Exercising After a Stroke or Brain Injury

pdfExercising After a Stroke or Brain Injury

A stroke takes place when blood flow to the brain is blocked, resulting in a loss of brain function for 24 hours or more. Most strokes are a result of a thrombosis or embolism, with a small percentage stemming from a blood vessel hemorrhaging and leaking into the brain. Stroke is more common in men than women, and is the third greatest cause of death in North America. Common effects of stroke include aphasia (problems using and comprehending language), loss of sensory input ,a very short attention span, poor short-term memory, and struggles with emotional control.
Acquired traumatic brain injury (TBI) may result from a hit or strong bump to the head, or from being furiously shaken, such as Shaken Baby Syndrome. Falls and motor vehicle accidents make up the majority of incidences of TBI. TBI causes permanent injury to brain, resulting in deficits in memory, language, reasoning, judgement, sensory and motor abilities, and information processing, to name just a few.

 Exercising with Angina and Silent Ischemia

pdfExercising with Angina and Silent Ischemia

The heart requires an uninterrupted, stable supply of oxygen to survive, since oxygen is virtually its only fuel. During our daily activities and exercise, the demand for myocardial oxygen varies. The heart  adjusts the coronary blood flow to meet the changing demand for oxygen. However when there is an obstruction in the coronary arteries, due to atherosclerosis, myocardial ischemia, or restriction in the blood flow, develops. When this condition causes pain in the chest, it is called angina.

Stable angina is usually associated with crossing the threshold of a certain level of physical exertion, or other stresses, such as emotional distress or cold temperatures. And is usually treated with rest and/or nitroglycerin.

Diabetes and Exercise

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Health Canada reports that approximately 6.6% of Canada’s population, age 20 and older, have been diagnosed with diabetes, and researchers expect an increase to 2.4 million Canadian diabetics by 2016. Also, 6% of Canadian women 46-64 years old, have this disease, and that increases to 10% in the 65 and older group. A woman with type 2 diabetes has an 8 times greater chances of developing heart disease than a women without diabetes. These are sobering numbers, especially in view of the fact that much of that is preventable by making some lifestyle changes.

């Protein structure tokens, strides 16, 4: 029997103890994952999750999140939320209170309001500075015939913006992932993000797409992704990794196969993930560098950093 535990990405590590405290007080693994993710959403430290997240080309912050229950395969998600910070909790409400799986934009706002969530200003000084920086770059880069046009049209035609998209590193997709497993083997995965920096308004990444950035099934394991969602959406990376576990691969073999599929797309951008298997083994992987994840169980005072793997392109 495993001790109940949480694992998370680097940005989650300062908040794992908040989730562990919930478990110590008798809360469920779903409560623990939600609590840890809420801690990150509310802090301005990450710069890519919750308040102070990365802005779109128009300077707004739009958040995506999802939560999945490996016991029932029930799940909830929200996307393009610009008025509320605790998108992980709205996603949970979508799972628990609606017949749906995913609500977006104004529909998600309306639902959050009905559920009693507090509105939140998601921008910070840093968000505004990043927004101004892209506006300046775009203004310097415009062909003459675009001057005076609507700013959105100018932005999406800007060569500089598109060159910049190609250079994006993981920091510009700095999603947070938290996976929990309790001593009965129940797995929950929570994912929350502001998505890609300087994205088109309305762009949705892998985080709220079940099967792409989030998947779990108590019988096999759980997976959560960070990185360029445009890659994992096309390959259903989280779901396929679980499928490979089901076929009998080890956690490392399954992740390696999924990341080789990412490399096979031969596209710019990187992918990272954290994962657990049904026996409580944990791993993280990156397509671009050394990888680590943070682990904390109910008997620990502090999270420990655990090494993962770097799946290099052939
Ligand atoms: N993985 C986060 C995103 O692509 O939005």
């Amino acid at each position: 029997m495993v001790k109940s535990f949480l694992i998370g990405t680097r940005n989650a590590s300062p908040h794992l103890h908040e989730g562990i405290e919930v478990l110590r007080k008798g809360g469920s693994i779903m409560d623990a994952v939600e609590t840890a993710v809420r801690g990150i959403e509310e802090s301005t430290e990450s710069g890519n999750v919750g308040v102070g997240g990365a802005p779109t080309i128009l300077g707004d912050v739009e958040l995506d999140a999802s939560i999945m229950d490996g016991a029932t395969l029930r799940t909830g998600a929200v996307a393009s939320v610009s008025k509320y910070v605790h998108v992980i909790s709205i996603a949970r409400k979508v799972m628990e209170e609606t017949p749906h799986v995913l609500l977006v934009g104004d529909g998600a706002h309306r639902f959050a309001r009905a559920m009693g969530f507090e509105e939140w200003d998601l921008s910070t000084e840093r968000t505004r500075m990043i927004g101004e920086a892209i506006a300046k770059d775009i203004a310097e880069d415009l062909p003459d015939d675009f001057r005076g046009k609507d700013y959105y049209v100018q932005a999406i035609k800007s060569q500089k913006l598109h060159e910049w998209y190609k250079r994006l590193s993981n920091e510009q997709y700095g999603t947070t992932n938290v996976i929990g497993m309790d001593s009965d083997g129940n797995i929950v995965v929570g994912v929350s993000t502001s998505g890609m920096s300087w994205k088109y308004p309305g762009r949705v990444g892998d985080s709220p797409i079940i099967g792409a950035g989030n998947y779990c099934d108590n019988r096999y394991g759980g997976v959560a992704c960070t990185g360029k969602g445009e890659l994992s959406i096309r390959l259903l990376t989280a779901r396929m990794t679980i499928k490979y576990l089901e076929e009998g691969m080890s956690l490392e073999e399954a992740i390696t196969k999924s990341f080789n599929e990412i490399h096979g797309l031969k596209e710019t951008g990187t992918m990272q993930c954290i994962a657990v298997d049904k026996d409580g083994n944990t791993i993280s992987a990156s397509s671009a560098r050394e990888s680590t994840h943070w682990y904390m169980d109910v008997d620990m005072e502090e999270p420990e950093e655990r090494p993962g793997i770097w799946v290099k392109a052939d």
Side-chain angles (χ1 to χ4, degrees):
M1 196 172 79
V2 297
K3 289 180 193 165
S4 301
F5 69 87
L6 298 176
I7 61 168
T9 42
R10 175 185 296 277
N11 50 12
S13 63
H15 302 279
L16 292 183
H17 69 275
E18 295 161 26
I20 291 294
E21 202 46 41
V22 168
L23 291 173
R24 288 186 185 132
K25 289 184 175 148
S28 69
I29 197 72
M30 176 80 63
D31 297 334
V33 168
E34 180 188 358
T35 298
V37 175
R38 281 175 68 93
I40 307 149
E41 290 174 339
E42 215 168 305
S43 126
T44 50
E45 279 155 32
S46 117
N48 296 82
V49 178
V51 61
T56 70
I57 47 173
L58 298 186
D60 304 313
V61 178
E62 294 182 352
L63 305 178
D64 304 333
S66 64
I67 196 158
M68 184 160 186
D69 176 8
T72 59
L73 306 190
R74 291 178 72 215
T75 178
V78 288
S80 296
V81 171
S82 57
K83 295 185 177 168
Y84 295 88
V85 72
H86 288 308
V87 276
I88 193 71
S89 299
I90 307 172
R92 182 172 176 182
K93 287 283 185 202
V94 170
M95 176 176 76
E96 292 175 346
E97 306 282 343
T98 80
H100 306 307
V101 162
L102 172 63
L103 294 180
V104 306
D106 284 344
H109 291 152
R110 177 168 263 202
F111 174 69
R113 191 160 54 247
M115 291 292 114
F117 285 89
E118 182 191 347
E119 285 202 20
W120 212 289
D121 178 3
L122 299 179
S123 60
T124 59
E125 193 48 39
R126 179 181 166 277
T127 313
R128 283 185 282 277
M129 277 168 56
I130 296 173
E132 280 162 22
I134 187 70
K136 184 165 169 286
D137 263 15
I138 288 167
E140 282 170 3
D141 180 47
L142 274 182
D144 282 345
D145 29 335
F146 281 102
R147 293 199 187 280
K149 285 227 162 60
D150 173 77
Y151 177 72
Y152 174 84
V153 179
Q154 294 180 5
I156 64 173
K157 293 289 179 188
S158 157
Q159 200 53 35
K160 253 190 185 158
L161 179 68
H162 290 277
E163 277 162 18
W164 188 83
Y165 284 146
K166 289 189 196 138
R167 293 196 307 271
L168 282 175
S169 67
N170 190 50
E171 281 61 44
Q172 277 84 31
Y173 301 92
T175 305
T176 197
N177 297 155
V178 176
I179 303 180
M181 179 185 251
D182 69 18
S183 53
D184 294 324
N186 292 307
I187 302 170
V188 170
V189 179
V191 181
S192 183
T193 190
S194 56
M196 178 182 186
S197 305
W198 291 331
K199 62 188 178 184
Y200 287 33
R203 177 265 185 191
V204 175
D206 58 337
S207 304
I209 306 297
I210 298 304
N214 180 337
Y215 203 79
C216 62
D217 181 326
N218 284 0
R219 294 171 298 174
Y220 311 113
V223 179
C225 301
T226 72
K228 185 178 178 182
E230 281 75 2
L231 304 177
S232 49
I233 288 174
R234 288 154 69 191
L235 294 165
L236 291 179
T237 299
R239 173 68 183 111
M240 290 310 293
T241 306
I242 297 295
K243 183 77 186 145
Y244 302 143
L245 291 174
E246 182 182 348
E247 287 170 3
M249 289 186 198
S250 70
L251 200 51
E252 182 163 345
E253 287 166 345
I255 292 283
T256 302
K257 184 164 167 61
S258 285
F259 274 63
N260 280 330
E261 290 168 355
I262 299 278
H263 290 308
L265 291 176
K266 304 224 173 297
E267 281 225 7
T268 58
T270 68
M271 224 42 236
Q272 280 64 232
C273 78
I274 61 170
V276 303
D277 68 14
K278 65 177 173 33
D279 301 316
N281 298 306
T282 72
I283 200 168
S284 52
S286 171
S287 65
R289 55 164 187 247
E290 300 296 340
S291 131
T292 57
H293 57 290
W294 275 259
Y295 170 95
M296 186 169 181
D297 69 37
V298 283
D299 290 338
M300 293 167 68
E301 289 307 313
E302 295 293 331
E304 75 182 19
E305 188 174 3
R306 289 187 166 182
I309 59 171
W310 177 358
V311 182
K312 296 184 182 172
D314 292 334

Some of the changes that will lower your risk of diabetes include: 

 Exercise and Parkinson’s Disease

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Parkinson's Disease (PD) is a chronic progressive neurologic disease that affects the part of the nervous system that controls muscle reflexes. It is believed that PD is caused by a reduction in dopamine, which is a neurotransmitter, and so the muscle reflexes are adversely affected. Over time, the person will likely experience slow movements (bradykinesia), a resting tremor, rigidity, and negative changes in his gait and posture.

 Exercising with Osteoporosis

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 Osteoporosis has become a part of our normal vocabulary these days; it seems we all know someone who has this significant loss of bone mass, or its precursor, osteopenia (low bone mass).

All of us experience some small degree of bone loss every year, after we’re thirty-five, but it is very common amongst older adults in industrialized countries. Once the bone begins to lose mass, it takes on a “honeycomb” appearance, and it loses its ability to withstand fracture. Seniors are much more likely than, say, a young adult, to sustain a fracture through a minor fall or even a sneeze.

Exercising with Osteoarthritis (OA)

People who struggle with OA often find themselves unable to do the kinds of exercise they have done for many years. The consequences of not exercising because OA may include weight gain, osteoporosis, muscle atrophy, and loss of flexibility.

There are a number of things  that you can do to introduce exercise into a daily routine again. The first thing to do is to consult with your doctor about limits for exercise, and pain/inflammation management particular to you. Once that is set out, you should check back with your practitioner at regular intervals to review these concerns, or sooner if your condition worsens.

Deb Bailey Personal Trainer - in Home (Now On-line!)
Phone: 519-572-0986
Kitchener, Ontario